This inn is located in the heart of Asakusa, just a short way from Nakamise and only a 2-minute walk from the nearest station. Even though Nakamise is always crowded with people, it’s recommended to wake up early while there isn’t many people and take photos in front of Kaminarimon (Thunder Gate). Also, Sensoji Temple lit up at night is incredibly magical and the atmosphere is very different from the way it is during the day. This Japanese-style ryokan which blends in with the downtown atmosphere of the area is a surprisingly calm inn where you can forget the clamor of the city. There is free coffee, green tea and black tea in the lobby, and all the rooms have a bath and toilet attached, as well as free Wi-Fi. It’s a 1 minute walk to the convenience store and a 5-minute walk from a 24-hour supermarket, making it a convenient and pleasant environment for travellers.

A photo of Kaminarimon (Thunder Gate) during the quiet hours. 

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4. Sawanoya Ryokan [Nezu]

This inn still has the atmosphere of the Showa era and is located in Yanaka. The surrounding area has many temples and areas where you can feel Japan’s history. A nearby popular spot is Nezu Shrine, which is famous for their azalea gardens where you can enjoy Senbon Torii gates and different varieties of azalea flowers. If you walk a little further, there is the Yanaka Ginza downtown shopping street, which has shops selling folk crafts and small Japanese-style accessories, restaurants, souvenir shops and more. Every part of this street gives off a nostalgic feeling. The family-run, cozy inn has free Wi-Fi, a coin laundry, and free coffee/tea. Occasionally, they might perform a traditional Japanese “shishimai" (lion dance). You can comfortably while away the hours while gazing at their traditional Japanese garden from their wood and ceramic baths.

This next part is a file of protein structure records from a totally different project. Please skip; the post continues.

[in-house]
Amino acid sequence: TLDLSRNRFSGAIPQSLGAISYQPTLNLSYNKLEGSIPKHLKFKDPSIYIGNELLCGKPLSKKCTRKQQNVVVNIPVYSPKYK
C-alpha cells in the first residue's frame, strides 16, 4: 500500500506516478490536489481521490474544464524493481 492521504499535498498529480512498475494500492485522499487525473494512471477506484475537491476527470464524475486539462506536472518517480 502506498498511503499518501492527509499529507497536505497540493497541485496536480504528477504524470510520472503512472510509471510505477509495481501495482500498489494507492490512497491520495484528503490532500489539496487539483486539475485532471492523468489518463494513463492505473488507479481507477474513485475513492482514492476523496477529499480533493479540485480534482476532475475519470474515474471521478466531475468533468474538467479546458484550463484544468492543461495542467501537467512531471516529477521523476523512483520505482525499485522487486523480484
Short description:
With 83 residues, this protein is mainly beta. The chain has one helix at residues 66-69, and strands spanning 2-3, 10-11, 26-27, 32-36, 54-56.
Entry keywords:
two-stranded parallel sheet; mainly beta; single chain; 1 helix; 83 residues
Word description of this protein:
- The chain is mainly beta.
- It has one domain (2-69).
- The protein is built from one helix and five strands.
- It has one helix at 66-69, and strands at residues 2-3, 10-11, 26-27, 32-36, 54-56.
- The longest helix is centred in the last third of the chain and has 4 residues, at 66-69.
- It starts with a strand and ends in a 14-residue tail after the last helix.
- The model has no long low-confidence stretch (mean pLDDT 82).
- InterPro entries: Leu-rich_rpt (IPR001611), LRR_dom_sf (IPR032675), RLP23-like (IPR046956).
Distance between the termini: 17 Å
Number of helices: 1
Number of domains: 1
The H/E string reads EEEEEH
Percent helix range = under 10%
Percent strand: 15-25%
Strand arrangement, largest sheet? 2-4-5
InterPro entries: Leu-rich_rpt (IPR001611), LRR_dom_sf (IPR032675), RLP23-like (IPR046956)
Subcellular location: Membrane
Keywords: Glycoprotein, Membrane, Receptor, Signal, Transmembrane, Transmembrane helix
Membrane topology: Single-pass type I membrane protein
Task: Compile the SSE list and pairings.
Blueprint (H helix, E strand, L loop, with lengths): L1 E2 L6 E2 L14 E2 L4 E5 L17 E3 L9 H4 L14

A photo of the Senbon Torii gates and azalea gardens at Nezu Shrine. 


5. Sukeroku no Yado Sadachiyo [Asakusa]

In an excellent location for sightseeing in Asakusa, you can savor the atmosphere of Edo. Not only the exterior, but even the interior is carefully designed in a Japanese-style, with Japanese-style guestrooms, as well as a room made to look like an old warehouse (used for storing goods in the past). There is also free Wi-Fi that you can use. They also have a paid service called “Edo Shumi Plan”, which consists of games from the Edo period, as well as a tour of famous places and historic spots. In addition to being within walking distance of famous Asakusa places like the Sensoji Temple and Kappabashi Kitchen Town, you can get to Akihabara easily from Asakusa Station via the Tsukuba Express. Also, there is a shuttle bus running every day that connects Ueno, Asakusa and Tokyo Skytree.